Actual Size: 4 mm to 8 mm
Characteristics: Small in size. Generally grey, brown, or black in color with light grey or whitish markings.
Habitat: Generally builds small tunnel-like webs in cracks and crevices. Most frequently found in gardens or forests, but may also be carried indoors.
- Stalks and pounces on prey rather than relying on webs.
- Has excellent eyesight, especially in sunlight.
- Capable of jumping up to 50 times their body length.
Jumping Spiders in Your Area
Jumping spiders are a very common pest in the United States, particularly here in the Pacific Northwest. Though these spiders are very small, they move extremely quickly and can even jump up to 50 times their body length. Unlike most other spiders, these unique arachnids have excellent eyesight that allows them to stalk and hunt prey in daylight. Because of this ability, these spiders generally do not rely on webs to catch prey, and will instead use their strong legs to pounce. Jumping spiders can usually be distinguished by their tiny size, iridescent fuzz, and front-facing eyes. They are frequently found outdoors in forested areas or gardens with plenty of small cracks and crevices to hide in. Though they generally prefer to remain outdoors, they may be carried indoors on clothing or plants.
Jumping Spider Habitat
Jumping spiders are very small, so they are often drawn to areas with lots of tiny crevices that they can hide in. When outdoors, they are usually found beneath stones, in bushes or other vegetation, or in the grooves of tree bark. While jumping spiders generally do not intentionally head indoors, they may be accidentally carried inside, especially in potted plants. If a jumping spider is indoors, they usually look for cracks and crevices that they can hide in, such as furniture or floorboards. Once a jumping spider finds a suitable location, it will spin a thick and funnel-shaped web to use as a “retreat”. Since these spiders generally abandon their web the same day it is created, an infestation can result in a lot of webbing throughout a house.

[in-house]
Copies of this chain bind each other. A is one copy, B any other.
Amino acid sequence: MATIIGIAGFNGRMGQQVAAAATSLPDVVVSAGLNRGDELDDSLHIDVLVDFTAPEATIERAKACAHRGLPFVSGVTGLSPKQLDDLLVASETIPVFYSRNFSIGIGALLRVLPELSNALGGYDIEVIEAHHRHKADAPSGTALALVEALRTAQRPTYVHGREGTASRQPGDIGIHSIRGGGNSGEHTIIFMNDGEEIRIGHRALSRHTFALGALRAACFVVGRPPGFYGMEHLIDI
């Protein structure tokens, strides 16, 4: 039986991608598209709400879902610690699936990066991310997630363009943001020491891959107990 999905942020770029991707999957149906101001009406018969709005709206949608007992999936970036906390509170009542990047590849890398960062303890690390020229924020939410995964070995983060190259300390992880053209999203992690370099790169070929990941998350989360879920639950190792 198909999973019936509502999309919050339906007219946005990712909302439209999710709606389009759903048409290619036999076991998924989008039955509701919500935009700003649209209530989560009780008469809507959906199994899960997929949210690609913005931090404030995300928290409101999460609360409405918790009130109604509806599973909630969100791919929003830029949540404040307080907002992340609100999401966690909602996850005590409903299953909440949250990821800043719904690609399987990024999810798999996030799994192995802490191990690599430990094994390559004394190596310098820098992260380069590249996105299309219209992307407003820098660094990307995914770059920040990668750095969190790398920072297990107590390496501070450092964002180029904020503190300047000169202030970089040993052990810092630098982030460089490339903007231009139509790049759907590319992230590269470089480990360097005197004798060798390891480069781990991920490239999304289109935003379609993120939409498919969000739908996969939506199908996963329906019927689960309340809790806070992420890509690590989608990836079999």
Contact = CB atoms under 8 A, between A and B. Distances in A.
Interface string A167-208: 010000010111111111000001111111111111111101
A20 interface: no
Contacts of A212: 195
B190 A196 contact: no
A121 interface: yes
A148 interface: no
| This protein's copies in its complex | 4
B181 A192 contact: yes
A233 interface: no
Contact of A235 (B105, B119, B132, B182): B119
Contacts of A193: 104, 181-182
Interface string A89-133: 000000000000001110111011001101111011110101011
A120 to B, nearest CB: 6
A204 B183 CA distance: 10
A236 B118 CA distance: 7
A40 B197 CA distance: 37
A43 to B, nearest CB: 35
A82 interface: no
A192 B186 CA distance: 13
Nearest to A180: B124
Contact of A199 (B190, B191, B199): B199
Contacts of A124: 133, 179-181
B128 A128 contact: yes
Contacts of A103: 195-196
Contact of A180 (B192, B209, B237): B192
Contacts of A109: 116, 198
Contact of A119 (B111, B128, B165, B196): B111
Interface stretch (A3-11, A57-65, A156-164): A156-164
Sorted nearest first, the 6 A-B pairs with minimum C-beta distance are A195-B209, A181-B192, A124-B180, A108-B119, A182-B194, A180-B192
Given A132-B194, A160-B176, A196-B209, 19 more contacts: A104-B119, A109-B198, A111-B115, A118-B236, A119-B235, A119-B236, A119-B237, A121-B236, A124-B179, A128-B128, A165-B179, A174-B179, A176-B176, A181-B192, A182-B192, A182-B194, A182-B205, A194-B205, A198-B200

Jumping Spider Behaviors, Threats, or Dangers
Jumping spiders are very skittish, and they are not aggressive toward humans. That said, they may bite if they feel threatened, though their bites are not poisonous. These arachnids are mainly considered pests because of the large amounts of webbing that they can leave throughout a home. Since jumping spiders only use their webs as a temporary retreat in between hunting prey, they can leave behind multiple webs per day. While not particularly dangerous, they can be an eyesore and a nuisance to home and property owners. Since these spiders can move so quickly and don’t revolve around a nest, they can also be very tricky to get rid of. If you are dealing with an infestation, it may be best to call a professional spider exterminator to quickly remove these pests.